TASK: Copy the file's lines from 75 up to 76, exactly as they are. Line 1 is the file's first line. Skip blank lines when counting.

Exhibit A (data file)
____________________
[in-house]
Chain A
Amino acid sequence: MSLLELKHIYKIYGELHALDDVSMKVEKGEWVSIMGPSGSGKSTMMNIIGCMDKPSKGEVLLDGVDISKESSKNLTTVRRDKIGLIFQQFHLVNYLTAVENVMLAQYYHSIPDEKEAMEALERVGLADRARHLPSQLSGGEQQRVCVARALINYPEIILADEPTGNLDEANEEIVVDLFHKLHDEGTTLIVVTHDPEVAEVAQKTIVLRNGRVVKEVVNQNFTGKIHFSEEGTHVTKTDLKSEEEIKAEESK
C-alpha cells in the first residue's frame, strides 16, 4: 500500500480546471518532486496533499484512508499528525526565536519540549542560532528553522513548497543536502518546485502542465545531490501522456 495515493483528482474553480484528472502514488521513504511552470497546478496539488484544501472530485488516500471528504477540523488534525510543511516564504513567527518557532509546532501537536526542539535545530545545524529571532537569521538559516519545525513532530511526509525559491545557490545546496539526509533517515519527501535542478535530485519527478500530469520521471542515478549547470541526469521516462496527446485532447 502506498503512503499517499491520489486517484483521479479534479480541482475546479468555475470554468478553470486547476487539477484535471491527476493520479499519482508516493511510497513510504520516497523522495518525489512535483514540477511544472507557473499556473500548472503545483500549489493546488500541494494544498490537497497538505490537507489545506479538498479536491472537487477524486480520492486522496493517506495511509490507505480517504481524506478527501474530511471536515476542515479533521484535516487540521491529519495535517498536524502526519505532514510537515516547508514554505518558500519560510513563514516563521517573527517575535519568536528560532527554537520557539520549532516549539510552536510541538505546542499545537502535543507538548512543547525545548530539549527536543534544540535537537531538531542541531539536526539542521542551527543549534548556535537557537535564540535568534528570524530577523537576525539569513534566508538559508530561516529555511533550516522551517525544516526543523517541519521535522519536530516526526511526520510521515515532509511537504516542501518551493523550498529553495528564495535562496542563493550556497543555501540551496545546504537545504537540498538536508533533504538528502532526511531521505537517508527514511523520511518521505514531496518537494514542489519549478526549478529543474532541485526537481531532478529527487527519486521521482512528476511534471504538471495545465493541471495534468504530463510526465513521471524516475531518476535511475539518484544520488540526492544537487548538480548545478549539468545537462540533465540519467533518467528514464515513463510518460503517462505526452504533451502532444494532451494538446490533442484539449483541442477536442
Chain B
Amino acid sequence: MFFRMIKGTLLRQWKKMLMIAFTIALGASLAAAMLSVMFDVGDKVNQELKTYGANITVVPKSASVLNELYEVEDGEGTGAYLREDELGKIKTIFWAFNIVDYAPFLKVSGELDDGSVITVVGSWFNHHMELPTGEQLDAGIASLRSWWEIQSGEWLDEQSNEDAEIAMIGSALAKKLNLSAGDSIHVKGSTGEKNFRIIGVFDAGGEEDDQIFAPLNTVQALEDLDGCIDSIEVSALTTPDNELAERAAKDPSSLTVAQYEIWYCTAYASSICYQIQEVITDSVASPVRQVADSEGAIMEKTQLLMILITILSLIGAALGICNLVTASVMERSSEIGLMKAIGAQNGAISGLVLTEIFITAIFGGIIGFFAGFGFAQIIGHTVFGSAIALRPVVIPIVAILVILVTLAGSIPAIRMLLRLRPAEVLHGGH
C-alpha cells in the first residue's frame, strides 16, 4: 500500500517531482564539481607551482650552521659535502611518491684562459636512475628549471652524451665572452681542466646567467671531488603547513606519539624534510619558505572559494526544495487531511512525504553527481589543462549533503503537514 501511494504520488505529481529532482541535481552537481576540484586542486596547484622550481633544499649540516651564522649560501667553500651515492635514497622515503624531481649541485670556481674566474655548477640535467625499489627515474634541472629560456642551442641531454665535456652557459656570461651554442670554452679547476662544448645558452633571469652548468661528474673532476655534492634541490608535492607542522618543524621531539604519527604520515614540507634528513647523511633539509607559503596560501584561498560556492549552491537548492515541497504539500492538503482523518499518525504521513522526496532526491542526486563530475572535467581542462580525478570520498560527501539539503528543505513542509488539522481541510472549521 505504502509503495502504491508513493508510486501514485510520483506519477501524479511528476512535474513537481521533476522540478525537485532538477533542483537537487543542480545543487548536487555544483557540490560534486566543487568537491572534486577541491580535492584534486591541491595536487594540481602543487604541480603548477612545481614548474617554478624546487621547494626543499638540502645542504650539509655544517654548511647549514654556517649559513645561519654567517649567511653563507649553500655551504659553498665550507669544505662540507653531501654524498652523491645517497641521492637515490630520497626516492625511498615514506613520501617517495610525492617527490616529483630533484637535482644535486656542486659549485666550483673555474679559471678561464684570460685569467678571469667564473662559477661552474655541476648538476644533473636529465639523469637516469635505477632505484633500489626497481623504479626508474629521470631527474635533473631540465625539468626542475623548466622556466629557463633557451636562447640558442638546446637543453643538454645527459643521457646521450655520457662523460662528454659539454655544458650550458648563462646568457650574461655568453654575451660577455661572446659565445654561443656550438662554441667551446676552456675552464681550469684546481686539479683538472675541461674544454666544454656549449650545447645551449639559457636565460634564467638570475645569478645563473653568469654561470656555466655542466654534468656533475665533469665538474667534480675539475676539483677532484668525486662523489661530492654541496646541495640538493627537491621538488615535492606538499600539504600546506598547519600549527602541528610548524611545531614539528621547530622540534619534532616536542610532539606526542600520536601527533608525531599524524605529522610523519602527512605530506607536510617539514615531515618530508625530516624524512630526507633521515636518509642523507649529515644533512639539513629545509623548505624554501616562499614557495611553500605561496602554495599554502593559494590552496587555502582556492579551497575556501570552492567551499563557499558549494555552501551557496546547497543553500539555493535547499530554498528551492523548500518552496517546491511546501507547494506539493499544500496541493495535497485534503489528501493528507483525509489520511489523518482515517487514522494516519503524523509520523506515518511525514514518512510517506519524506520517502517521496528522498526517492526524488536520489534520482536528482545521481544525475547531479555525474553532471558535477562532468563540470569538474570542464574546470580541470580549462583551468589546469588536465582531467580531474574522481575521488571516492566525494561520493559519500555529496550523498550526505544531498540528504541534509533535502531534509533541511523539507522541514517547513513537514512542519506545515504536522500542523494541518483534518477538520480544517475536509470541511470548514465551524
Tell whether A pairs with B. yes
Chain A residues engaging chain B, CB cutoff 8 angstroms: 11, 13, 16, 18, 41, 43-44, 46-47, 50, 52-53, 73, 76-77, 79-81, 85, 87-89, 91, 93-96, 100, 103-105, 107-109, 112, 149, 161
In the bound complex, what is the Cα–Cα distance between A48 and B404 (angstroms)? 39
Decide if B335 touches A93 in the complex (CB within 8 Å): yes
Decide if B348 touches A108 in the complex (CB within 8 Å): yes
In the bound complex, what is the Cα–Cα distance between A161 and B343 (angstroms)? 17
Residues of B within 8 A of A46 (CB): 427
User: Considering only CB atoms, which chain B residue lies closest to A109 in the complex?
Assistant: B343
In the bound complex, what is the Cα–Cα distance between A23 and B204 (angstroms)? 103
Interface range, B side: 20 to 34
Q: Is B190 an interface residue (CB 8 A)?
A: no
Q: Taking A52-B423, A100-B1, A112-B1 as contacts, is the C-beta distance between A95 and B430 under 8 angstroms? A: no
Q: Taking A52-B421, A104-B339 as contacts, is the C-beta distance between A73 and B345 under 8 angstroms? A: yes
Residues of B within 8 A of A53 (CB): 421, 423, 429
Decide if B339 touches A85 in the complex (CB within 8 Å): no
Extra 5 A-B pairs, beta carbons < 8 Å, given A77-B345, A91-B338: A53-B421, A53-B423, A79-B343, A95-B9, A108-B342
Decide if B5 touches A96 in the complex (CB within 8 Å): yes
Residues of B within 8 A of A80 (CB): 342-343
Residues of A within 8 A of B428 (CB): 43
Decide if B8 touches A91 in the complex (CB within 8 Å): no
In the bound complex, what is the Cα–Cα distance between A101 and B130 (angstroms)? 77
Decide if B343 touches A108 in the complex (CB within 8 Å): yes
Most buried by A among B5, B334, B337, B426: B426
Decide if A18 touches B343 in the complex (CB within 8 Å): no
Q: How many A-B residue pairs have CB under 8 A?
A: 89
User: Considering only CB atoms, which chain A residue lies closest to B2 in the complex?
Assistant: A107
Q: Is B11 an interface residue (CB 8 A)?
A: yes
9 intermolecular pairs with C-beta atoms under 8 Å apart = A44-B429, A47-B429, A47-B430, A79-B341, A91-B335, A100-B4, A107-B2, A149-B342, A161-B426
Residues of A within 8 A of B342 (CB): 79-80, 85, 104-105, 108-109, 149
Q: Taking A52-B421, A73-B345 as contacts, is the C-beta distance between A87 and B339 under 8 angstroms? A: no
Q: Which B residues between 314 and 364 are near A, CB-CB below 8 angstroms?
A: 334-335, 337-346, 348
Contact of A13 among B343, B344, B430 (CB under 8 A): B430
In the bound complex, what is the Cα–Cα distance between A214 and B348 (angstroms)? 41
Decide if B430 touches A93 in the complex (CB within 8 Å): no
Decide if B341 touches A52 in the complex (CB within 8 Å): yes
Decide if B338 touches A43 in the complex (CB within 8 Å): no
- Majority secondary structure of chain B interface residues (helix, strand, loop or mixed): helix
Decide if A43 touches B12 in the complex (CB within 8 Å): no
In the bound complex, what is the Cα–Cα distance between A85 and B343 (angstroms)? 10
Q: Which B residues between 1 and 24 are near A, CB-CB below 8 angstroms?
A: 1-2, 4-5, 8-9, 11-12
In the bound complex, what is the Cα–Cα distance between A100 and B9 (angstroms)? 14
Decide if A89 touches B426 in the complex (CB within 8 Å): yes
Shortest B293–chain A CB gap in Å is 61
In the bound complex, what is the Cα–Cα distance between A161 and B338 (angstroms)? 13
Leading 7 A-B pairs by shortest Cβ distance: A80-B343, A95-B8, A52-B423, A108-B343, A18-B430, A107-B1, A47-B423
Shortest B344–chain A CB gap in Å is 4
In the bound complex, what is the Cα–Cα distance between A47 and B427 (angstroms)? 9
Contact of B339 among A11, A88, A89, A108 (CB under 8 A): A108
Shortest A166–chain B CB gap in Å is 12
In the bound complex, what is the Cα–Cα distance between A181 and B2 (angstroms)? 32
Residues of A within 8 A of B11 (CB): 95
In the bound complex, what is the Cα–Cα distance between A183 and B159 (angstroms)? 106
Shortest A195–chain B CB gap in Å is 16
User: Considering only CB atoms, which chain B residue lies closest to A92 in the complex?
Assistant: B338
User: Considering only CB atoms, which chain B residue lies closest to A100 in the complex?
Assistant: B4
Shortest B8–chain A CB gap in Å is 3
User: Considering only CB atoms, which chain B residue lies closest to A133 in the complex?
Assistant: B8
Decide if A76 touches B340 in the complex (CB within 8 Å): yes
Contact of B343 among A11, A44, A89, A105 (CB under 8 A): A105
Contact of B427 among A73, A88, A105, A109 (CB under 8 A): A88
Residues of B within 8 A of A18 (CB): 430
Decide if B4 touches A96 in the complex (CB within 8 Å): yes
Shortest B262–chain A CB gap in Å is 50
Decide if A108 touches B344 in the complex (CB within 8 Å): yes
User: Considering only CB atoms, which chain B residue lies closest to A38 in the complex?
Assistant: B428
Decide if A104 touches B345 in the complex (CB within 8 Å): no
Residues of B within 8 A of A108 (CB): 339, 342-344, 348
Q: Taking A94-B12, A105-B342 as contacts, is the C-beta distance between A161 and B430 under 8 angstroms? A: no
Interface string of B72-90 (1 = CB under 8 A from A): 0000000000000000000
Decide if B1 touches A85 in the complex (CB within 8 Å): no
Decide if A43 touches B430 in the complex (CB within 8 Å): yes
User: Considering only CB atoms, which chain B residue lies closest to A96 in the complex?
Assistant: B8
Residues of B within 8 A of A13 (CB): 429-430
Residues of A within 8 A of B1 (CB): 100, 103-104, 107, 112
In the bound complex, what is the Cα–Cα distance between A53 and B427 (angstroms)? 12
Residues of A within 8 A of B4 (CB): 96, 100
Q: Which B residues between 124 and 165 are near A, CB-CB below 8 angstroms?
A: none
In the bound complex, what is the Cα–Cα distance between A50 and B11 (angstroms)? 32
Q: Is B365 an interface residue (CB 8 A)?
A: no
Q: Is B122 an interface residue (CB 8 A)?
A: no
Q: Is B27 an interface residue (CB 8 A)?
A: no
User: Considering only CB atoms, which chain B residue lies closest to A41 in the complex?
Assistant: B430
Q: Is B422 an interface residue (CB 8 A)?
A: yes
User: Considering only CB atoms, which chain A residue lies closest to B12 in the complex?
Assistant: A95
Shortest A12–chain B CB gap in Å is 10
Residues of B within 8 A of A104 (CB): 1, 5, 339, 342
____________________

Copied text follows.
Decide if A76 touches B340 in the complex (CB within 8 Å): yes
Contact of B343 among A11, A44, A89, A105 (CB under 8 A): A105